September 18, 1997
House Republicans -- along with a number of Democrats -- voted to ban funding for national educational standards. Elizabeth Farnsworth provides excerpts from the three hours of debate. Followed by a discussion with the NewsHour's regular panel of regional commentators.
ELIZABETH FARNSWORTH: Last January, in his State of the Union Address, President Clinton proposed two national tests. The President wants all fourth graders to be tested in reading and all eighth graders in math. The administration's plan set off a political firestorm culminating this week in the House of Representatives.
A RealAudio version of this segment is available.
September 17, 1997
Online NewsHour Forum:two Senators debate national education standards.
September 8, 1997:
Are standardized tests the best route to better grades?
August 12, 1997:
Chicago Public Schools are taking a hard look at the current curriculum.
February 11, 1997:
President Clinton has announced his intentions to create national standards to measure the country's educational system.
February 10, 1997:
President Clinton's State of the Union Speech highlights his goals for education.
January 16, 1997:
Margaret Warner and a panel discuss a report which criticize America's public school system .
Browse the NewsHour's coverage of Education.
For three hours Tuesday evening the House of Representatives debated a question that most members would agree goes to the core of public service--what's best for America's children?
REP. STENY HOYER, (D) Maryland: Mr. Chairman there was a book written by Jonathan Kozol some years ago. The title of that book was Death at an Early Age. The premise of that book was that we do not have high expectations of some young people--minority. young people--educationally deprived young people, economically deprived young people. And because we do not have high expectations that they will perform, guess what, they meet those expectations. They are low ones.
But if we had a way to assess all of our students, then their parents would know that our expectations were not high enough for their children or that our performance in getting them to our expectations were not successful.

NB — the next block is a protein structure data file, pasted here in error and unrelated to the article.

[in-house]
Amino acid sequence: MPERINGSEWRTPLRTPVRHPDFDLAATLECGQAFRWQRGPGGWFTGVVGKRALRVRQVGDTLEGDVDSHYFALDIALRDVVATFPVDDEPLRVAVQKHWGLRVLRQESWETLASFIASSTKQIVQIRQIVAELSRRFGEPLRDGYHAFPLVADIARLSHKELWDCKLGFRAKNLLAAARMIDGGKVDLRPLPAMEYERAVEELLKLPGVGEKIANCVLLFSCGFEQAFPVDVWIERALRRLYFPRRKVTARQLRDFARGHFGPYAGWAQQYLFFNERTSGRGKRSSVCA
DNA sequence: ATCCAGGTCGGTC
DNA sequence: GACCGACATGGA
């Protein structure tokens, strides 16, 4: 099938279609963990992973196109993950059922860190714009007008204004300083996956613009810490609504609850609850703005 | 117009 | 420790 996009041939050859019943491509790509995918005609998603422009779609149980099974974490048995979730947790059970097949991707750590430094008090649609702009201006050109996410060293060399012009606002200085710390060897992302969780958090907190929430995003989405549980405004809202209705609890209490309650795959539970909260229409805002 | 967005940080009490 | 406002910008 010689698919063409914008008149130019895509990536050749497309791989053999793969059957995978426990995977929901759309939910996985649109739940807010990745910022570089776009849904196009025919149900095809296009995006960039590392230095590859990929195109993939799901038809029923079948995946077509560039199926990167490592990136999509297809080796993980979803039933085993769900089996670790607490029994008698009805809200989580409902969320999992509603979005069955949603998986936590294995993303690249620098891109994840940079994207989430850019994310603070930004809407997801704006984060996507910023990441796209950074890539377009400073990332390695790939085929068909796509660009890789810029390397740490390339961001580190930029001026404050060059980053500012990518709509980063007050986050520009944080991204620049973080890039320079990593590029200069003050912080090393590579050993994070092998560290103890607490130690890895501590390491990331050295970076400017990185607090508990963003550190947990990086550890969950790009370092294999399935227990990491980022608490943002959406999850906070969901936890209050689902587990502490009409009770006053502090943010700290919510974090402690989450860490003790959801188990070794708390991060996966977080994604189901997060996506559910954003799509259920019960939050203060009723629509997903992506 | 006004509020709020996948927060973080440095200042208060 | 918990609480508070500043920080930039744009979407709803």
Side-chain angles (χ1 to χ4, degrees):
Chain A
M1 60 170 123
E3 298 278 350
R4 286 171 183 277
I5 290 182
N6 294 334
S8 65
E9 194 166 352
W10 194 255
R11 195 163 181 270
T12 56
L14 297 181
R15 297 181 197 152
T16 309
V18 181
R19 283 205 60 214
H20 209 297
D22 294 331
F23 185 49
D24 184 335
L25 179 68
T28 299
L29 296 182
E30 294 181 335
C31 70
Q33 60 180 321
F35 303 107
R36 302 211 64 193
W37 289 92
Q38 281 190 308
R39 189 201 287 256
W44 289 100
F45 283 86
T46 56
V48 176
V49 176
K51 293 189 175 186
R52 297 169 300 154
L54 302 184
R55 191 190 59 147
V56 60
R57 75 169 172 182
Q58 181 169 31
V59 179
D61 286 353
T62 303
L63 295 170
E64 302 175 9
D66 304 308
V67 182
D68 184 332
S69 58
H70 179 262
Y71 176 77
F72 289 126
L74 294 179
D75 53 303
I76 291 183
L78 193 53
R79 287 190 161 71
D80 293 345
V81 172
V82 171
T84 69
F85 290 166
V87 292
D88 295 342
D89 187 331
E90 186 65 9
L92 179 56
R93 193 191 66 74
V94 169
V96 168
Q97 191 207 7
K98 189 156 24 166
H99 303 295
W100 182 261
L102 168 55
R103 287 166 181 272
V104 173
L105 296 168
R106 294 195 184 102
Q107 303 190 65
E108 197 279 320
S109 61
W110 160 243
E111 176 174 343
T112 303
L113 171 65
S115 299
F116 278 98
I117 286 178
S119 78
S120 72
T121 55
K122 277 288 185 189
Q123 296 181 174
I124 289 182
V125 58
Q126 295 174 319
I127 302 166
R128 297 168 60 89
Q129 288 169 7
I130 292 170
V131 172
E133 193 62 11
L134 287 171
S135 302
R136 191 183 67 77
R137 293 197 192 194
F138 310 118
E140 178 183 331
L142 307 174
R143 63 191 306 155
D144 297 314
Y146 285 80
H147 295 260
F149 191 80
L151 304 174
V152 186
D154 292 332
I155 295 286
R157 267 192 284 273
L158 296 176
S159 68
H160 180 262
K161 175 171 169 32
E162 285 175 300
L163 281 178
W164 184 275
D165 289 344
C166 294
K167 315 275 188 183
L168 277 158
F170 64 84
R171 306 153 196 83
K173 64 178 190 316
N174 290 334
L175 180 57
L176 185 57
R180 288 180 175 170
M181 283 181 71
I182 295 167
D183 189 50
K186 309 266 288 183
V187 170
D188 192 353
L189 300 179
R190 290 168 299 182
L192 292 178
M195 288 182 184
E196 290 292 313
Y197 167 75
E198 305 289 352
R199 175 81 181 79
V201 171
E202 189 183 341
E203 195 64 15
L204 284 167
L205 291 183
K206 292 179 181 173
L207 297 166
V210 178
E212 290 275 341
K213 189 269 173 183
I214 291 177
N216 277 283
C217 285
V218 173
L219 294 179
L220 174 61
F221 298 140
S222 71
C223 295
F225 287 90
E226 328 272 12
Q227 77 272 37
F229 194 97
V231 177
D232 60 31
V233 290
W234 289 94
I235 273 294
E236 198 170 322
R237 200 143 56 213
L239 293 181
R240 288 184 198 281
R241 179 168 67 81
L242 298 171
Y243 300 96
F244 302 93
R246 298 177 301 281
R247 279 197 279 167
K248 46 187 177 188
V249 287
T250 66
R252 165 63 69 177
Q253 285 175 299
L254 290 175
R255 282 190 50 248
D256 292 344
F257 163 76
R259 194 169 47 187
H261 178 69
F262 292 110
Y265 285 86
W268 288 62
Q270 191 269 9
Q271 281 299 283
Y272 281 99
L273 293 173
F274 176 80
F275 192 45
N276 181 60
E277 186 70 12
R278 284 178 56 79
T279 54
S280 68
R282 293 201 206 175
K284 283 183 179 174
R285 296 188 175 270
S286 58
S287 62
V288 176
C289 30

Rep. Goodling leads the opposition.
ELIZABETH FARNSWORTH: At issue was President Clinton's plan to develop a standard national reading test for fourth graders and a math test for eighth graders. The tests would be voluntary. States and local school boards would have the option of participating.
REP. BILL GOODLING, (R) Pennsylvania: Nonsense! What federal program do you know, once it was started, is voluntary?
ELIZABETH FARNSWORTH: Republican Bill Goodling spoke from 22 years of experience as a teacher, principal, school superintendent, and school board president.
REP. BILL GOODLING: As soon as School A decides to do the test they are going to demand that School B does the test and then School C is going to demand that they get what School B got, and it won't be long until as a matter of fact it will be a national individual test.
ELIZABETH FARNSWORTH: Goodling's voice has been the strongest in Congress opposed to national testing, and on Tuesday, he was lining up support for an amendment to the education spending bill that would ensure no money could be spent on the President's plan.
REP. LINDSEY GRAHAM, (R) South Carolina: Take some time to find out how much money is being spent at the local level and see if this $100 million program does any good, or we should take the $100 million and give it to the classroom teacher, who will actually meet their child every day and see if they can help produce a better result.
Test supporters cite children falling behind.
ELIZABETH FARNSWORTH: Throughout the evening members came to the floor to highlight the merits of national testing and expose its shortcomings.